The tech tool carousel

I recently described what I call “the carousel” to some fellow nerds so I thought I’d write about it.

I’m a lot of years into this web thing and I’ve seen a lot of “game changers” come and go. It’s all very cyclical and predictable.

I also have unbearably high standards for the work I put out too, so chasing new tools—like a dog chases a butcher who has a string of sausages—is highly incompatible with that. Because of this, I put new tools on the carousel and keep an eye on them, periodically.

The carousel is like one of those on a game show that shows the prizes that can be won. The tool will sit on there until I think it’s gone through enough maturing to actually be a viable tool for me, the team I’m working with and the clients I’m working for. React, for example, spent well over 7 years on that carousel.

It’s a really useful strategy because some tools stay on the carousel and then I take them off because they did in fact, turn out to be useless after all. Gatsby is a good example of that.

The unbearable amount of hype that tool generated was a bit of a tell-tail sign of its uselessness. So often, the most hyped tools turn out to be complete shit in real-world scenarios. By letting the most evangelical people get all that out of the way while it sits on my carousel saves me a lot time and frankly, energy.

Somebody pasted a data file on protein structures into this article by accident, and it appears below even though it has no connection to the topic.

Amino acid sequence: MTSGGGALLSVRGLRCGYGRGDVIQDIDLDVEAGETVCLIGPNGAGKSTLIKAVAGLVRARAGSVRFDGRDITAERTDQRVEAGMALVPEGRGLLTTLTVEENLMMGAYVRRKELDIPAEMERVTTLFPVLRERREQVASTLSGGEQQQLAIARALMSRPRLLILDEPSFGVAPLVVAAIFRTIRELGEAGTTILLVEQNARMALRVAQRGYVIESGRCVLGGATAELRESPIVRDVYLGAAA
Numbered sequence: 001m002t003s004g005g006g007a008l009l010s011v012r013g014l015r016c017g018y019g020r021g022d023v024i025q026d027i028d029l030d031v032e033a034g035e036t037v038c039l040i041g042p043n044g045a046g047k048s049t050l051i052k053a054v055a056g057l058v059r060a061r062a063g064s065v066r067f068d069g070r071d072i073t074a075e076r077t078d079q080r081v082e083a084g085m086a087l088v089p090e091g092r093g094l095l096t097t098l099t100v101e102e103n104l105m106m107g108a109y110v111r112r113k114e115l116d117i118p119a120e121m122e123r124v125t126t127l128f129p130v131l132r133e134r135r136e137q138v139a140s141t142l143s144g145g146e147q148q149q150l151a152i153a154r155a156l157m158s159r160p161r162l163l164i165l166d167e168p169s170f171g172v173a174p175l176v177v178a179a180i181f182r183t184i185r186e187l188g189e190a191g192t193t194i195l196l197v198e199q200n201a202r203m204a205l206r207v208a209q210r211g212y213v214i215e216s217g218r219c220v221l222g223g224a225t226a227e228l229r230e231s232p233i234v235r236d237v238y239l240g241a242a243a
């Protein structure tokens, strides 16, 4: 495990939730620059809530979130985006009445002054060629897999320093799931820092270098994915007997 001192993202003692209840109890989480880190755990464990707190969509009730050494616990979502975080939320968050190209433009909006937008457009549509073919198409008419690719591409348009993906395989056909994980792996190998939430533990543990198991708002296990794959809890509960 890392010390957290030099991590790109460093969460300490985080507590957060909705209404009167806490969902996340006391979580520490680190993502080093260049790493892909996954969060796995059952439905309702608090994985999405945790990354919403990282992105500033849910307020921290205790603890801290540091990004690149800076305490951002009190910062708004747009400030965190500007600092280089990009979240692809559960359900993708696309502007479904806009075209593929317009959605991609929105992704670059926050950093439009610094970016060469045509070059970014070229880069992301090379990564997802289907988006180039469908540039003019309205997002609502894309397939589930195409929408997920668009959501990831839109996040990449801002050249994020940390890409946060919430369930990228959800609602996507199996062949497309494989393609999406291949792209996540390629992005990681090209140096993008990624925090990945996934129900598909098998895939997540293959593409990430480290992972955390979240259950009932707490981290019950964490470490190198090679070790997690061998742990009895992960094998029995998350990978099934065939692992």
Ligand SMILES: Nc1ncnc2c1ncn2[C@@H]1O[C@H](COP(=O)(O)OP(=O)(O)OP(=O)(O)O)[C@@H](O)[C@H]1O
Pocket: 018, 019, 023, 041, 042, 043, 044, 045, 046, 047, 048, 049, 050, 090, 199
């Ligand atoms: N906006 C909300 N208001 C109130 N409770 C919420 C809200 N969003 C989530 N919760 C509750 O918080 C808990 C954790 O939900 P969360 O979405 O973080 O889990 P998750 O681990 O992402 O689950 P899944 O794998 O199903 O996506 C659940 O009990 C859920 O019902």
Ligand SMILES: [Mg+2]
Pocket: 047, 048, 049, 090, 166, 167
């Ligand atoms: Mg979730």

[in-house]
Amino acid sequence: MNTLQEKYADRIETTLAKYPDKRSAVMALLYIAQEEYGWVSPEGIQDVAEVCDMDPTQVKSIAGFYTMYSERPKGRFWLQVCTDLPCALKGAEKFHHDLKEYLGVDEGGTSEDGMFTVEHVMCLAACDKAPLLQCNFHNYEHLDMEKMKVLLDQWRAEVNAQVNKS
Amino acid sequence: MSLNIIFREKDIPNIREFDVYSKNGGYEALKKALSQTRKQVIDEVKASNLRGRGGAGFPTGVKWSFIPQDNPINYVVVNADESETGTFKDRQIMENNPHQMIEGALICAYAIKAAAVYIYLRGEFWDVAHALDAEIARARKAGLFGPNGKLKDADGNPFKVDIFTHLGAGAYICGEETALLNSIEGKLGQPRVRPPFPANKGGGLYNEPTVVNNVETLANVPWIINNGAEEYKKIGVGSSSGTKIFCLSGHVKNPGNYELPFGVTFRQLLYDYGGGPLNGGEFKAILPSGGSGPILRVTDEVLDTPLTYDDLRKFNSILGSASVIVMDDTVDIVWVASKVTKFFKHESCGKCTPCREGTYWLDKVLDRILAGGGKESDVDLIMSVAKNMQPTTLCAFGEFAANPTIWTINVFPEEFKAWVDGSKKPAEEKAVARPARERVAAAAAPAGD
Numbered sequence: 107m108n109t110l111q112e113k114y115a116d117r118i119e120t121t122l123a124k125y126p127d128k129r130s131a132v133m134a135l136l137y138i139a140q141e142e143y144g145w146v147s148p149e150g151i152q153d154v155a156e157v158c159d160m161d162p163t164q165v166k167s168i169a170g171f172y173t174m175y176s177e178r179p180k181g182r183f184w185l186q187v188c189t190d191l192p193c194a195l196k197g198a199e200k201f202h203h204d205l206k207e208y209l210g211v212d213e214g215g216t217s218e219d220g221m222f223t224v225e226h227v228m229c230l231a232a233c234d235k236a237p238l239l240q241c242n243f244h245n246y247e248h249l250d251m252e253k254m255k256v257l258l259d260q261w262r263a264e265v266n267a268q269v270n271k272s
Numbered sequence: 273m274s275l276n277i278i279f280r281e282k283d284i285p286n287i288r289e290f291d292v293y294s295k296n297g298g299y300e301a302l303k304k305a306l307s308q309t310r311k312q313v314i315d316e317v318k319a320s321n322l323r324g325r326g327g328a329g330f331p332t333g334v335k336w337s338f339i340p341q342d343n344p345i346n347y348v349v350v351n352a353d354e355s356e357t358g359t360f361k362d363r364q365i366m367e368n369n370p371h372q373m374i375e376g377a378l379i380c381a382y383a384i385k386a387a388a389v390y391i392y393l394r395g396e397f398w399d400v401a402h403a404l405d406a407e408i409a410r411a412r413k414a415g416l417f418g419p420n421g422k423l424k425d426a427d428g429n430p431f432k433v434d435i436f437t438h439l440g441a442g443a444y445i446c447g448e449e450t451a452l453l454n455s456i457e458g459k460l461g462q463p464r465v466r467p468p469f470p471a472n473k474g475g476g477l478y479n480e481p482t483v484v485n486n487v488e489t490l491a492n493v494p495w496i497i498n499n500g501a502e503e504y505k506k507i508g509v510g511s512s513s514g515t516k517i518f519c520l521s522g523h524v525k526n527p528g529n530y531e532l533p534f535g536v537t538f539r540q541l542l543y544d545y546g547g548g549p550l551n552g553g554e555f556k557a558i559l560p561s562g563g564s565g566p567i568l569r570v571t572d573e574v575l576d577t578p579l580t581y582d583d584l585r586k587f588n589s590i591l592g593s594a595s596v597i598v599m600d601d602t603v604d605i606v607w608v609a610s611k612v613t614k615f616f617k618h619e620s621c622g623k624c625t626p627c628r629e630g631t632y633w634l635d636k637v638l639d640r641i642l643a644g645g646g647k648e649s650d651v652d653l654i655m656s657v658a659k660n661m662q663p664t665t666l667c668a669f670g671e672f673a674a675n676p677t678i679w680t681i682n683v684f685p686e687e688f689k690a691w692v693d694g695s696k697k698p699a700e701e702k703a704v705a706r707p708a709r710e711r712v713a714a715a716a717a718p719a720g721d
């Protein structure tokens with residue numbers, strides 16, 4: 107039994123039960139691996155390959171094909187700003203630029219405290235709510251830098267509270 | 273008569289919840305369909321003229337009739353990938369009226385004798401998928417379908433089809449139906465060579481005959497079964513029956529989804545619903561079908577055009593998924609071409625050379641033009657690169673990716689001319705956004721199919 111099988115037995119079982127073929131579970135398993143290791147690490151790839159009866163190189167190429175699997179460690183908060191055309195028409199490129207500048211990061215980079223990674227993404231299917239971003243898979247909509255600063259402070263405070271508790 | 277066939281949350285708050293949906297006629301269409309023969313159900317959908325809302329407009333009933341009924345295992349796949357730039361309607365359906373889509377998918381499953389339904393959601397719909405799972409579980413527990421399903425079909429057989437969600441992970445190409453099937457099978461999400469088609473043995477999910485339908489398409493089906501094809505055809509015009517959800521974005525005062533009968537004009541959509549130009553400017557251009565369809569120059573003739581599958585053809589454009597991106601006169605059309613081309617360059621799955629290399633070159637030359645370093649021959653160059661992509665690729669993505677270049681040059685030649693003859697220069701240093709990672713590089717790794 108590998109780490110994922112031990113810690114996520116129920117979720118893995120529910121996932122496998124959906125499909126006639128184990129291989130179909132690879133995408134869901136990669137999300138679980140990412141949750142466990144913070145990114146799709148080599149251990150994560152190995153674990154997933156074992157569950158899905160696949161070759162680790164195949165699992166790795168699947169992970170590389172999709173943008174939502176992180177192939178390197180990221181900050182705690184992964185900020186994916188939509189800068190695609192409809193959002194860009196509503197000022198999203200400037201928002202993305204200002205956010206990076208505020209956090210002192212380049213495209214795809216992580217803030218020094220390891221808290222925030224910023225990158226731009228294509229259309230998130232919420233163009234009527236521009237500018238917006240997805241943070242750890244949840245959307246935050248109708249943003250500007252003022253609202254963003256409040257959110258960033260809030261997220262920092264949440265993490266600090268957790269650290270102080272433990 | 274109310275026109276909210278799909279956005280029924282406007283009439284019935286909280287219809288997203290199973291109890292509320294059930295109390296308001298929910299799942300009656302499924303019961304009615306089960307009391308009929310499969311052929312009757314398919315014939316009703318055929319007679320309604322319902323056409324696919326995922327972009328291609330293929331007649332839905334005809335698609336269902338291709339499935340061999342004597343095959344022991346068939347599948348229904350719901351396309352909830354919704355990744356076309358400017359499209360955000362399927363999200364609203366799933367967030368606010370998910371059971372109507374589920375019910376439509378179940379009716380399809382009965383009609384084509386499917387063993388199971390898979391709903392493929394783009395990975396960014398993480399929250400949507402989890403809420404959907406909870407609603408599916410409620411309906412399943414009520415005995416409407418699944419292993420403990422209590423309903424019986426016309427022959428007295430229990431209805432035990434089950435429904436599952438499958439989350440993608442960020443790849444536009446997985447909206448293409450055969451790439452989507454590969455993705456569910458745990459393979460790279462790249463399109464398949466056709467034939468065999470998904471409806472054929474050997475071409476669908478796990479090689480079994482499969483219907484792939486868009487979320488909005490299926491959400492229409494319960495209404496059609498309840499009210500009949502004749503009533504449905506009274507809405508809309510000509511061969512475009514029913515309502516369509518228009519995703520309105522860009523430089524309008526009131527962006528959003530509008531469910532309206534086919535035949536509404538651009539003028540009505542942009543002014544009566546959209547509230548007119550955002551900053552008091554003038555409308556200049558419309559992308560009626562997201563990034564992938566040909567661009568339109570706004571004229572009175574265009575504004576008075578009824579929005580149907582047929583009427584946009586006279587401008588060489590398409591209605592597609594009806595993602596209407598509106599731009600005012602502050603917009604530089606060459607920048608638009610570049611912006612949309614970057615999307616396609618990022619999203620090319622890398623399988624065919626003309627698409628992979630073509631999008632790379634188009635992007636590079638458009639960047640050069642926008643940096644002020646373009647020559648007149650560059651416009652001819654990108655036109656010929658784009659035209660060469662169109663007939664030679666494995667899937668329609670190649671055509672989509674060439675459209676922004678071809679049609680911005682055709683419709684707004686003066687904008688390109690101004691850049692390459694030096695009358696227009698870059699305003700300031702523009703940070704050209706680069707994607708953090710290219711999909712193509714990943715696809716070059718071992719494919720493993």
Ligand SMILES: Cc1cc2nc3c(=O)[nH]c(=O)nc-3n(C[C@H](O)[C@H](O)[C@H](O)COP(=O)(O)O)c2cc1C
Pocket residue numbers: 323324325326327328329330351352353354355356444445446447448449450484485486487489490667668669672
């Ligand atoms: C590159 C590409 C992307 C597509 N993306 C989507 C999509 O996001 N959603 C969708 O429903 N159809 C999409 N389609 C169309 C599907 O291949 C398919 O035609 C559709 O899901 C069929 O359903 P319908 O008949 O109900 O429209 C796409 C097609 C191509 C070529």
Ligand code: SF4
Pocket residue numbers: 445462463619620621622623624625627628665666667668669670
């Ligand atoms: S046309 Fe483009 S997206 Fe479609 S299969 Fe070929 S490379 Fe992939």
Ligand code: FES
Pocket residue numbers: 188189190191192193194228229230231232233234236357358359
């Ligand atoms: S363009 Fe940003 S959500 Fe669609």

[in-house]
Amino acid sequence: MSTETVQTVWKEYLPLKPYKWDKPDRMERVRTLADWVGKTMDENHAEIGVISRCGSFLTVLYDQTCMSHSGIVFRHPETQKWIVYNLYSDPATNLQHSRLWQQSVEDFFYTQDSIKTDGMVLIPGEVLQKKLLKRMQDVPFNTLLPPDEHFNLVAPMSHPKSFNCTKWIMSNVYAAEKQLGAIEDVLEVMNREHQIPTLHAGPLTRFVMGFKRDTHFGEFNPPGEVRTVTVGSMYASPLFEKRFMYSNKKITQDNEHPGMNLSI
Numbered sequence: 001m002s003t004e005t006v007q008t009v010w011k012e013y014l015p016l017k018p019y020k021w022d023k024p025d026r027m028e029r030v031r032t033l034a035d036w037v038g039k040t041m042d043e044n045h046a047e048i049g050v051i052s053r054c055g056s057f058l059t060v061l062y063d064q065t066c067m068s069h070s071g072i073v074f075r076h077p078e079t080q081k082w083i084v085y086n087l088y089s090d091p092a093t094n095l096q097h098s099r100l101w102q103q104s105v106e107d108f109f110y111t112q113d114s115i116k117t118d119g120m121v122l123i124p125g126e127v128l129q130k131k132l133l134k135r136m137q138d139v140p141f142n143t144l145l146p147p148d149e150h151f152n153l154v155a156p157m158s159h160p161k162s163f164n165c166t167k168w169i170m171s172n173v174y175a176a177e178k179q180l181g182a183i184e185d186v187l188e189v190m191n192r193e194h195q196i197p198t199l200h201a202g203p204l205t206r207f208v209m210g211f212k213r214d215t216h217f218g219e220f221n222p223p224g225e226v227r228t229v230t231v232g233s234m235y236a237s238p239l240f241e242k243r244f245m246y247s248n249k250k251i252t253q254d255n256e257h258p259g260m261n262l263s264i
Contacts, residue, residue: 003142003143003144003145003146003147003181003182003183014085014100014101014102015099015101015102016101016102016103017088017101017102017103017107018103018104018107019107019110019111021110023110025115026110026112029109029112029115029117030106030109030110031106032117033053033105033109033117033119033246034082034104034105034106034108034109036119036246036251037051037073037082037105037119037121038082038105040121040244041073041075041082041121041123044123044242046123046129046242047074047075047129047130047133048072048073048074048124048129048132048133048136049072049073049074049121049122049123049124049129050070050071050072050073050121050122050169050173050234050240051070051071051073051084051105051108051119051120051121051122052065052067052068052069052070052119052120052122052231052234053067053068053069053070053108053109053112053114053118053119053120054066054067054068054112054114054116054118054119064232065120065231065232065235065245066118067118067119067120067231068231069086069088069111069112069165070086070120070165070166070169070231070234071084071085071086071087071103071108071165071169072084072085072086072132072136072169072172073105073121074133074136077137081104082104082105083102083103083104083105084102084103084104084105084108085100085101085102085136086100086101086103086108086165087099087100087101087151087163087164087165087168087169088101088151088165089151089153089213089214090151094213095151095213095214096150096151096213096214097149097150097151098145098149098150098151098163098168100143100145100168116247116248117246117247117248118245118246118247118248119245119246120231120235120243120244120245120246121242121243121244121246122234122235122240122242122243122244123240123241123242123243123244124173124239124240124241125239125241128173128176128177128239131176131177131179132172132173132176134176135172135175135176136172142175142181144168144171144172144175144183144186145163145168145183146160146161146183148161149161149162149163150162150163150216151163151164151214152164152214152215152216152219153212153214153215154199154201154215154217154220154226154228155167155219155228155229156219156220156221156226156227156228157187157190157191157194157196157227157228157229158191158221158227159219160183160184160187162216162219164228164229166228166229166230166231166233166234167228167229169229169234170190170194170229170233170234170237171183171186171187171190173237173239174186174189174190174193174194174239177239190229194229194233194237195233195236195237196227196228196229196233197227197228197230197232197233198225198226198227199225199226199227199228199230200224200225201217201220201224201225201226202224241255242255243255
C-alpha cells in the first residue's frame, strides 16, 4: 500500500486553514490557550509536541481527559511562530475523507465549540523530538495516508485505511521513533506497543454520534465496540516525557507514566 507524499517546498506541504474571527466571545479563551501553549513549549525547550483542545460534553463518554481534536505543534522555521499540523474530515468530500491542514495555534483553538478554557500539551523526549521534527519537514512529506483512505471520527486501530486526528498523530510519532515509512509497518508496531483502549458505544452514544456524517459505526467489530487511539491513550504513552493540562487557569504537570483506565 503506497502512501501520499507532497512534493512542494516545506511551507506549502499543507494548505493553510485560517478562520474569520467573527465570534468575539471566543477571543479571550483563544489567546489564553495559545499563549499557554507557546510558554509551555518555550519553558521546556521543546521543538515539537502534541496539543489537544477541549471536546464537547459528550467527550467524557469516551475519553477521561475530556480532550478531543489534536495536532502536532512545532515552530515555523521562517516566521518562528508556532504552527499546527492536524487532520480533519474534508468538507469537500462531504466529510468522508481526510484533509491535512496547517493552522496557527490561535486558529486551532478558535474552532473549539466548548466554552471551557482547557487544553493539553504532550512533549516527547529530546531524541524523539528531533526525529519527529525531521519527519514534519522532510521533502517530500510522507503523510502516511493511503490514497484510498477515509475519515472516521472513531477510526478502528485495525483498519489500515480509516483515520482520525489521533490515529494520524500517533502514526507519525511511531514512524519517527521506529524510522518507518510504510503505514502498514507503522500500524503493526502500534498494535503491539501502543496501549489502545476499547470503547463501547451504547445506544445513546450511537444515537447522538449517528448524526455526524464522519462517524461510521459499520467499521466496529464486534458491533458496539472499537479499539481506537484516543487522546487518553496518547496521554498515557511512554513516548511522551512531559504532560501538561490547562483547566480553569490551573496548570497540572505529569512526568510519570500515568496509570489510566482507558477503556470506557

You see, dear reader, I in fact do not enjoy coding. I enjoy what coding empowers me to do, but the process of writing silly little words, numbers and punctuation is not a pleasurable experience. I just want to get the thing that coding outputs. I only started coding because so often, developers—as I hypothesised—would build my design work with their eyes closed, so I learned HTML, CSS and JavaScript out of spite, mainly.

This is why the carousel exists and not many tools make it off. Some do then go back on. Tailwind is a good example of that. I used it a few years ago on a client project and found it to be near-useless. But, now, I’m using it on most projects because that thing does a damn good job of only generating the utility classes I need to finely season my existing HTML and CSS. It’s just a shame it’s most avid fans (and creator) are such unbearable dickheads.

Anyway, I’m prompted to write this because Remix and Astro get all the hype now and are enjoying their ride on the carousel. Will they be a Gatsby or and Eleventy (which had the shortest ride on the carousel in history because it’s so good)? Only time will tell.

👋 Hello, I’m Andy and this is my little home on the web.

I’m the founder of Set Studio, a creative agency that specialises in building stunning websites that work for everyone and Piccalilli, a publication that will level you up as a front-end developer.

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